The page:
C-Fiber Recovery Cycle Supernormality Depends on Ion Concentration and Ion Channel Permeability
2015 (English)In: Biophysical Journal, ISSN 0006-3495, E-ISSN 1542-0086, Vol. 108, no 5, 1057-1071 p.Article in journal (Refereed) Published
Following each action potential, C-fiber nociceptors undergo cyclical changes in excitability, including a period of superexcitability, before recovering their basal excitability state. The increase in superexcitability during this recovery cycle depends upon their immediate firing history of the axon, but also determines the instantaneous firing frequency that encodes pain intensity. To explore the mechanistic underpinnings of the recovery cycle phenomenon a biophysical model of a C-fiber has been developed. The model represents the spatial extent of the axon including its passive properties as well as ion channels and the Na/K-ATPase ion pump. Ionic concentrations were represented inside and outside the membrane. The model was able to replicate the typical transitions in excitability from subnormal to supernormal observed empirically following a conducted action potential. In the model, supernormality depended on the degree of conduction slowing which in turn depends upon the frequency of stimulation, in accordance with experimental findings. In particular, we show that activity-dependent conduction slowing is produced by the accumulation of intraaxonal sodium. We further show that the supernormal phase results from a reduced potassium current K-dr as a result of accumulation of periaxonal potassium in concert with a reduced influx of sodium through Na(v)1.7 relative to Na(v)1.8 current. This theoretical prediction was supported by data from an in vitro preparation of small rat dorsal root ganglion somata showing a reduction in the magnitude of tetrodotoxin-sensitive relative to tetrodotoxin - resistant whole cell current. Furthermore, our studies provide support for the role of depolarization in supernormality, as previously suggested, but we suggest that the basic mechanism depends on changes in ionic concentrations inside and outside the axon. The understanding of the mechanisms underlying repetitive discharges in recovery cycles may provide insight into mechanisms of spontaneous activity, which recently has been shown to correlate to a perceived level of pain.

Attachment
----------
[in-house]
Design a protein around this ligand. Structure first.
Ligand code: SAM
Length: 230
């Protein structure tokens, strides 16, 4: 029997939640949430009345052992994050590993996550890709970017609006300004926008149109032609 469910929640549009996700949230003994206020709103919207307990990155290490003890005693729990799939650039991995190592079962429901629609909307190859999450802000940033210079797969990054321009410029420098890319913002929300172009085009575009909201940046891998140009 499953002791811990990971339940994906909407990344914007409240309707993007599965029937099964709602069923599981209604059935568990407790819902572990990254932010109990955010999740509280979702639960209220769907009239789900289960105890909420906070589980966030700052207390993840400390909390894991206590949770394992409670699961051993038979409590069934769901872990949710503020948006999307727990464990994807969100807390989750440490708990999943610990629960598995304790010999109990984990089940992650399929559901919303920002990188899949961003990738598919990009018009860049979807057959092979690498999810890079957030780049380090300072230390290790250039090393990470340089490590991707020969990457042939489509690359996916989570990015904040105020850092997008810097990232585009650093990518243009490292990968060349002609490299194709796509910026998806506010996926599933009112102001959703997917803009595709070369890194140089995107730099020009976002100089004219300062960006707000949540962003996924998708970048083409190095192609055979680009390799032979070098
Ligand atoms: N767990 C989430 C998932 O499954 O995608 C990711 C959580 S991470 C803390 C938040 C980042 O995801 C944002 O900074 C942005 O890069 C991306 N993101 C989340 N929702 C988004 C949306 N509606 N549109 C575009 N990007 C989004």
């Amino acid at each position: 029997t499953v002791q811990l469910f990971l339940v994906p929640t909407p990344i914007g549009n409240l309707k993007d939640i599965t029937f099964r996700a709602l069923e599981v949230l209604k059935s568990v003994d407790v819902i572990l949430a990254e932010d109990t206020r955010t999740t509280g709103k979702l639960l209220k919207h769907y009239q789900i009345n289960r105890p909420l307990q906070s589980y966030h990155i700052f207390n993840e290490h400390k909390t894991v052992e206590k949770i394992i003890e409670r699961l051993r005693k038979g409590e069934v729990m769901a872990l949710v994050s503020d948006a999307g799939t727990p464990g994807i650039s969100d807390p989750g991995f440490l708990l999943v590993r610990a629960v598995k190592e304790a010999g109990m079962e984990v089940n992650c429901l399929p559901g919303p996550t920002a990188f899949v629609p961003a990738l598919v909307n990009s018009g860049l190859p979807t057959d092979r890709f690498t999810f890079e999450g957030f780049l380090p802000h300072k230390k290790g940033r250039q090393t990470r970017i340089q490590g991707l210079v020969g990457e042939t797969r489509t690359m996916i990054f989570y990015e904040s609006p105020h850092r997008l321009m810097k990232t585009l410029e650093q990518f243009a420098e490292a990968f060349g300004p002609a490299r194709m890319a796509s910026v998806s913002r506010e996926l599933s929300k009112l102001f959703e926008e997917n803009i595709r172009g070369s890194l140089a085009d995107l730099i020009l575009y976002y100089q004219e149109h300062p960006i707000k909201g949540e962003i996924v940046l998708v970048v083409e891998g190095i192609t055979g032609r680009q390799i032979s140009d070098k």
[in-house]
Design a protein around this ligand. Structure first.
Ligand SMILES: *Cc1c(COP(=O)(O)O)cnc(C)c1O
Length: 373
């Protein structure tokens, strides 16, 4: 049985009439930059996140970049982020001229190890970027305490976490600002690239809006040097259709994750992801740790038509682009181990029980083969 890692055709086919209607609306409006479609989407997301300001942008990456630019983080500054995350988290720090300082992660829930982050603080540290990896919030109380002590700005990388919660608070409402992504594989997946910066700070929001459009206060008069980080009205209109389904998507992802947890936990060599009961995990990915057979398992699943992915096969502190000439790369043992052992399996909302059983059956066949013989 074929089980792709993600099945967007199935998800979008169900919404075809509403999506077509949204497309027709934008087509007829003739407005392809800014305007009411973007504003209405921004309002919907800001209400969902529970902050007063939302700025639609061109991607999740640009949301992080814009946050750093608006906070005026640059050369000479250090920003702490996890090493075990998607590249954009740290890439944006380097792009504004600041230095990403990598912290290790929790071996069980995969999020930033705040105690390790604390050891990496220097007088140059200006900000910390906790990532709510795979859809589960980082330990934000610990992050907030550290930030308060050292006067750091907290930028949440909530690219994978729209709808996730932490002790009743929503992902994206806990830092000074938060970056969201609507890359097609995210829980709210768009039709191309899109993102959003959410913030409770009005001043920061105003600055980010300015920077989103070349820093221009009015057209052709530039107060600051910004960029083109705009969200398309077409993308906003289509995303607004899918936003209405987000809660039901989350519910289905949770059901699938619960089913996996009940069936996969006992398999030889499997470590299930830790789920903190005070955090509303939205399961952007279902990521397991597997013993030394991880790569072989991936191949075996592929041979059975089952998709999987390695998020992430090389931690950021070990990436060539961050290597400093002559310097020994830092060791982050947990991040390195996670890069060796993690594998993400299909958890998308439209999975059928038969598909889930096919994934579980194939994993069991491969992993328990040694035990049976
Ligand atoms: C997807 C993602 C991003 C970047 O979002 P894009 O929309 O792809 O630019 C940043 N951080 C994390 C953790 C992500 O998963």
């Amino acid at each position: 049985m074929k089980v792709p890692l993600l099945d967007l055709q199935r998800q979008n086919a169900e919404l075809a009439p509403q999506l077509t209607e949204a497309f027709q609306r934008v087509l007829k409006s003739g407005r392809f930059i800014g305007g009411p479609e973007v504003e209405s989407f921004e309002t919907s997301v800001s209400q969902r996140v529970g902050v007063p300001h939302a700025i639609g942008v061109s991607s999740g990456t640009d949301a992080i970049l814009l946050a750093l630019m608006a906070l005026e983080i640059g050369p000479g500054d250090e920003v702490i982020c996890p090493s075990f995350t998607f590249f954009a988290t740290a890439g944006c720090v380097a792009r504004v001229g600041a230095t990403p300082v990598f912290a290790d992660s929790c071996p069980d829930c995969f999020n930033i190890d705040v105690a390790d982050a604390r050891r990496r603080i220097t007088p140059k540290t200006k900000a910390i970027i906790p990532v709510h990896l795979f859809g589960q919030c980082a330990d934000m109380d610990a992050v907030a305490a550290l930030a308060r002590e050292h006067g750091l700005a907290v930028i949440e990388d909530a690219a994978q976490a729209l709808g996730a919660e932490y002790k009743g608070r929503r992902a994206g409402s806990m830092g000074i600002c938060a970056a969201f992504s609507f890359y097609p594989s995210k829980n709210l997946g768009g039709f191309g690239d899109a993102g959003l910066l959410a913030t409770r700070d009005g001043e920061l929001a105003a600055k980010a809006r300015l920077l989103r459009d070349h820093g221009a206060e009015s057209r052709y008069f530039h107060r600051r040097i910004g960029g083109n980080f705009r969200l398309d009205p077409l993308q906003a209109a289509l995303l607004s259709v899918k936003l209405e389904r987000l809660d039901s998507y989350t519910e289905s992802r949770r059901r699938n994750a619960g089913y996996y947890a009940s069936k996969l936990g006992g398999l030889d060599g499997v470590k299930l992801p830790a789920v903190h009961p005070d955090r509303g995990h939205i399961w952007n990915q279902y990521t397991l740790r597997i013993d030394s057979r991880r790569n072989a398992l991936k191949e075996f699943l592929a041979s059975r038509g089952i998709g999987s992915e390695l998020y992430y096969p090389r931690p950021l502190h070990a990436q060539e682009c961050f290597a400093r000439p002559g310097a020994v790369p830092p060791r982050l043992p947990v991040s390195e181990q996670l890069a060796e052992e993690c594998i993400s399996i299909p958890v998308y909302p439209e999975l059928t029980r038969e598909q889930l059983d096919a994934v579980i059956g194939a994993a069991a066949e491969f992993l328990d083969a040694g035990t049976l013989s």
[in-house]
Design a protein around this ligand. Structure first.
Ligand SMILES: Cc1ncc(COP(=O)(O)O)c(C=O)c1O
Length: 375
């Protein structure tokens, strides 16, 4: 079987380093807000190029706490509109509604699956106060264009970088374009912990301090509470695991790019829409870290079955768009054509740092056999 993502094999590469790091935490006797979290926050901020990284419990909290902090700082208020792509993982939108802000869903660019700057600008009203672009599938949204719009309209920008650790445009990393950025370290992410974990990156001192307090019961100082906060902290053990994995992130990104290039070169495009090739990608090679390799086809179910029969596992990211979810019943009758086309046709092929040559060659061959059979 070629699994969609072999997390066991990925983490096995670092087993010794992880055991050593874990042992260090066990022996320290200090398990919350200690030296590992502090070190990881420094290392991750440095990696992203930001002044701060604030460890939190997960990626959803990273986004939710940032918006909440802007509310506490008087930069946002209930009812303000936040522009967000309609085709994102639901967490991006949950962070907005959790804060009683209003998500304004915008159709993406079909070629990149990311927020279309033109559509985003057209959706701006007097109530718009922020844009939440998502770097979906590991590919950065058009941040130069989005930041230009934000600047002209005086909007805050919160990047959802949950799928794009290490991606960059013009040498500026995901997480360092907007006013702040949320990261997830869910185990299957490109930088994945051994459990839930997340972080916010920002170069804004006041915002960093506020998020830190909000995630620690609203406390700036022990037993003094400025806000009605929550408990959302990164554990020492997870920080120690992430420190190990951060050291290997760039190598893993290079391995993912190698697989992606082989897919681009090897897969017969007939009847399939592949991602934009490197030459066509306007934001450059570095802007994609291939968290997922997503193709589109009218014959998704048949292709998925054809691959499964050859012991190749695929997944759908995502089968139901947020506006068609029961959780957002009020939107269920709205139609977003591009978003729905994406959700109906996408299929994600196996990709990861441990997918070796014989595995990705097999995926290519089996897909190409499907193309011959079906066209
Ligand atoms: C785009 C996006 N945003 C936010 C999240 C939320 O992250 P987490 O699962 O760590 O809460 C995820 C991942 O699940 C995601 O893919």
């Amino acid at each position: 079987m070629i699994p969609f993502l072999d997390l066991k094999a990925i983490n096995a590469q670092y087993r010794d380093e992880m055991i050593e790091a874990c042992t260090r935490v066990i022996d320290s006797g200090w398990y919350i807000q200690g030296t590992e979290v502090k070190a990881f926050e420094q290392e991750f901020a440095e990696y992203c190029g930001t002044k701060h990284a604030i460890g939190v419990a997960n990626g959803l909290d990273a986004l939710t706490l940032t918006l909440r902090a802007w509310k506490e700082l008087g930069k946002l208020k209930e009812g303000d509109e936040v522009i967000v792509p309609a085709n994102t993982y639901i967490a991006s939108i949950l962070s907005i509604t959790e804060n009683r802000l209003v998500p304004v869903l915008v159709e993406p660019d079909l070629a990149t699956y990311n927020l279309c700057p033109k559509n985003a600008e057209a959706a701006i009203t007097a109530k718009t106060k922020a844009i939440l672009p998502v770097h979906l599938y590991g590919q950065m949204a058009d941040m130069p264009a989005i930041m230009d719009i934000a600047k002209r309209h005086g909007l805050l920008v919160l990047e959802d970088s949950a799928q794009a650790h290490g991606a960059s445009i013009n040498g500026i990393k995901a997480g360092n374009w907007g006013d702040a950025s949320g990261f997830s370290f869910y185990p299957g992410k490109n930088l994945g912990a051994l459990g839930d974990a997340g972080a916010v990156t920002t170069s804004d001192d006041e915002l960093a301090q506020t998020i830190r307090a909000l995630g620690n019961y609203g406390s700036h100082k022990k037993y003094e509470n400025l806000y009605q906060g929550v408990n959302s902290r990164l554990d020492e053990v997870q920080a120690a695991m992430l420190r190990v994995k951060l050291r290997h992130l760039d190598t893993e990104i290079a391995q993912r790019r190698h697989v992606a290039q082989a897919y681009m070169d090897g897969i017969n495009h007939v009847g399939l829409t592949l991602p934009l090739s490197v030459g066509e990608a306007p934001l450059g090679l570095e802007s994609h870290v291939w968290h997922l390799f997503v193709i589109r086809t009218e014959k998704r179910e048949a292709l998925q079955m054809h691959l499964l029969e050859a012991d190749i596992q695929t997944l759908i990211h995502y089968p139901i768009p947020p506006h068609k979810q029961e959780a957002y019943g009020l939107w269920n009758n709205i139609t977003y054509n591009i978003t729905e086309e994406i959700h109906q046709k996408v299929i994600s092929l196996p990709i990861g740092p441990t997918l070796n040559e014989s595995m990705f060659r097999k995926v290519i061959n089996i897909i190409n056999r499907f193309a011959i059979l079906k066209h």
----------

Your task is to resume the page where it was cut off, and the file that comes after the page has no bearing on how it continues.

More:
Place, publisher, year, edition, pages
2015. Vol. 108, no 5, 1057-1071 p.
Innervating Human Skin, Repetitive Stimulation, Electrical-Stimulation, Diabetic-Neuropathy, Nerve Excitability, Spontaneous Pain, Sensory Neurons, Nociceptors, Conduction, Inactivation
Bioinformatics (Computational Biology)
IdentifiersURN: urn:nbn:se:kth:diva-165975DOI: 10.1016/j.bpj.2014.12.034ISI: 000350969000008PubMedID: 25762318ScopusID: 2-s2.0-84924787587OAI: oai:DiVA.org:kth-165975DiVA: diva2:809226
FunderSwedish Research Council, VR 621-2007-4223
QC 201505042015-04-302015-04-302015-05-04Bibliographically approved